Why Nighttime Is the Most Dangerous Time to Drive

dangers of nighttime drivingThe likelihood that you or a family member will be in a car accident and suffer serious injuries or die increases when you are driving at night. According to the National Safety Council, the risk of a fatality is three times greater than during the day. This is true even though there are fewer vehicles on the road at night. You do have legal options if you were hurt in nighttime car accident. You may be able to hold the negligent driver accountable for compensating you for your injuries.

What Are the Causes of Nighttime Vehicle Crashes?

Night driving poses unique challenges and risks not experienced when driving in the day that contribute to tragic accidents. Some of the reasons these accidents occur include:

  • Poor vision. Much of our ability to quickly react to situations on the road depends on our vision. Depth perception, color recognition, and peripheral vision are reduced for many people at night. The glare of headlights can also make it more challenging to see what is on the road. Seniors and people who wear corrective lens or are visually impaired have even more difficulty seeing when driving at night. The most dangerous time is at dusk because the eyes must constantly adjust between light and dark.
  • Fatigue. Studies have shown that driving drowsy can have the same harmful effects on a person’s driving abilities as when driving while intoxicated. People are more likely to be drowsy or fall asleep at the wheel at night, especially during late nighttime hours. Truck drivers, night shift workers, and people who suffer with sleep problems are most at risk of causing an accident when driving at night.
  • Rush hour. Evening rush hour driving—between 4:00 pm and 7:00 pm—can be dangerous due to road congestion and impatient drivers in a hurry to get home from work. This is especially true on our Atlanta-area roads and highways. When it is dusk or dark in the winter months, this can increase the chances that a negligent driver will cause a wreck.
  • Impaired driving. According to the Centers for Disease Control and Prevention (CDC), 28 people are killed in accidents involving an alcohol-impaired driver every day in our country. Using alcohol or drugs before driving significantly reduces a person’s reaction time, decision making, and other driving skills. More drivers who are intoxicated are often on the roads during the nighttime hours.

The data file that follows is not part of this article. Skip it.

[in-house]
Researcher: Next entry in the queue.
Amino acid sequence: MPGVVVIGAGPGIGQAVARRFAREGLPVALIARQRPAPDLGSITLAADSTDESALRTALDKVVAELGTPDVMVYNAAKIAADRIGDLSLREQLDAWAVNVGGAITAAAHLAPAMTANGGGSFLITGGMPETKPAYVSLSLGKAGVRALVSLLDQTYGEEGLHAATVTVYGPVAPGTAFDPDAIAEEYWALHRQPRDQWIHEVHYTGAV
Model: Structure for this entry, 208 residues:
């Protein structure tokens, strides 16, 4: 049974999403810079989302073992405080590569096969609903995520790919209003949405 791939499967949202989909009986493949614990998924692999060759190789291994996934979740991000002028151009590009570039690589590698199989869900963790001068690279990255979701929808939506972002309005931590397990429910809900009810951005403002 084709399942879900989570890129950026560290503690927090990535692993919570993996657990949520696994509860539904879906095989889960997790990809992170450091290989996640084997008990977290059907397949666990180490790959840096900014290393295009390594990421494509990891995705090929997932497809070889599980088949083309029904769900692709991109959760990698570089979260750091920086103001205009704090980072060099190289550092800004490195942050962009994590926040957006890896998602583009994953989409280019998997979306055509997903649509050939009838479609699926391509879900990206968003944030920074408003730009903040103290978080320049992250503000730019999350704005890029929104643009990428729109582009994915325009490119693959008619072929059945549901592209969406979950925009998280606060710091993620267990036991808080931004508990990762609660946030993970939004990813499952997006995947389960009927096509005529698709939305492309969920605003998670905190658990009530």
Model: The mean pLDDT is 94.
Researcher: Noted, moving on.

• Speeding. Speeding is never safe, but it is more dangerous when done at nighttime when vision is reduced and other drivers may be having a hard time seeing as well.
  • Deer. During October through part of December, deer tend to be more active, especially in the early evening hours. They can travel in herds, act unpredictably, and be blinded by driver’s headlights—all contributing to a deadly accident.

Tips for Safe Driving During Nighttime Hours

If you are like most people, you may have things you want to or need to do during night hours that require you to be out on the roads. Fortunately, you can take steps to reduce your risk of being involved in a nighttime car accident. Here are some safety tips to follow:

  • Be certain that your headlights are aimed properly to avoid blinding other drivers.
  • Keep your headlights, windows, signal lights, and taillights clean.
  • Do not drink alcohol or consume drugs before driving.
  • When vehicles are approaching, focus on the white line that marks the edge of the road rather than the oncoming headlights.
  • Avoid speeding and keep more distance between your vehicle and those around you.
  • If you are tired or falling asleep while driving, pull over and take a rest before continuing to your destination.

Even if you follow these safety tips, a negligent driver could cause you or a family member to suffer injuries or die in a nighttime auto accidents. Let the experienced car accident attorneys at Christopher J. Hudson, LLC, help you obtain the compensation you deserve. Contact us online or call us directly at 888.795.6261 to schedule your free, no-obligation consultation.